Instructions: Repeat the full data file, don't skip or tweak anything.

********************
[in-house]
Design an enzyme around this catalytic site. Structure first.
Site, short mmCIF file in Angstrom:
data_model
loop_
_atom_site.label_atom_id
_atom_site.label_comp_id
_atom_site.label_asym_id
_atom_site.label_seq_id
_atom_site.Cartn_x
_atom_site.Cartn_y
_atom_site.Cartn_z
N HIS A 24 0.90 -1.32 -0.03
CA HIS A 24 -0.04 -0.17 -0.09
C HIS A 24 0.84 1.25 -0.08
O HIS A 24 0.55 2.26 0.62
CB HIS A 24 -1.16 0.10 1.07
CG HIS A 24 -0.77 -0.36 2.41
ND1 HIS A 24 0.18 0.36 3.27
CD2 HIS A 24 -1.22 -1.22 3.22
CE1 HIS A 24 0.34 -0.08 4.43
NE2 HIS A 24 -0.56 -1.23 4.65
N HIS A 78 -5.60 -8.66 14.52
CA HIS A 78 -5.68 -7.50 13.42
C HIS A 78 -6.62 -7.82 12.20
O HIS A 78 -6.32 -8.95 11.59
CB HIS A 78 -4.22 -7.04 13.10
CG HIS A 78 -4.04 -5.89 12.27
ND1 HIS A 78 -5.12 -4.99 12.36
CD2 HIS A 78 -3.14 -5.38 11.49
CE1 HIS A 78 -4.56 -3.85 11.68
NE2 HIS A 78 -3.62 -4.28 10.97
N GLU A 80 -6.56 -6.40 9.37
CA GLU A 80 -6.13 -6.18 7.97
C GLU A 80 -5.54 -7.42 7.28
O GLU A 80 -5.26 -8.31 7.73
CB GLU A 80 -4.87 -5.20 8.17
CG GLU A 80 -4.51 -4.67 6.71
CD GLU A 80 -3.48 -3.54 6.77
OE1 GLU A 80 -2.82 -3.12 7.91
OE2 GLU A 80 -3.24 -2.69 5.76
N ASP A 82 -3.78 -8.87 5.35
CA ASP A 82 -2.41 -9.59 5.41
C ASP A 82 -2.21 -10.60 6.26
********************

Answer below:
[in-house]
Design an enzyme around this catalytic site. Structure first.
Site, short mmCIF file in Angstrom:
data_model
loop_
_atom_site.label_atom_id
_atom_site.label_comp_id
_atom_site.label_asym_id
_atom_site.label_seq_id
_atom_site.Cartn_x
_atom_site.Cartn_y
_atom_site.Cartn_z
N HIS A 24 0.90 -1.32 -0.03
CA HIS A 24 -0.04 -0.17 -0.09
C HIS A 24 0.84 1.25 -0.08
O HIS A 24 0.55 2.26 0.62
CB HIS A 24 -1.16 0.10 1.07
CG HIS A 24 -0.77 -0.36 2.41
ND1 HIS A 24 0.18 0.36 3.27
CD2 HIS A 24 -1.22 -1.22 3.22
CE1 HIS A 24 0.34 -0.08 4.43
NE2 HIS A 24 -0.56 -1.23 4.65
N HIS A 78 -5.60 -8.66 14.52
CA HIS A 78 -5.68 -7.50 13.42
C HIS A 78 -6.62 -7.82 12.20
O HIS A 78 -6.32 -8.95 11.59
CB HIS A 78 -4.22 -7.04 13.10
CG HIS A 78 -4.04 -5.89 12.27
ND1 HIS A 78 -5.12 -4.99 12.36
CD2 HIS A 78 -3.14 -5.38 11.49
CE1 HIS A 78 -4.56 -3.85 11.68
NE2 HIS A 78 -3.62 -4.28 10.97
N GLU A 80 -6.56 -6.40 9.37
CA GLU A 80 -6.13 -6.18 7.97
C GLU A 80 -5.54 -7.42 7.28
O GLU A 80 -5.26 -8.31 7.73
CB GLU A 80 -4.87 -5.20 8.17
CG GLU A 80 -4.51 -4.67 6.71
CD GLU A 80 -3.48 -3.54 6.77
OE1 GLU A 80 -2.82 -3.12 7.91
OE2 GLU A 80 -3.24 -2.69 5.76
N ASP A 82 -3.78 -8.87 5.35
CA ASP A 82 -2.41 -9.59 5.41
C ASP A 82 -2.21 -10.60 6.26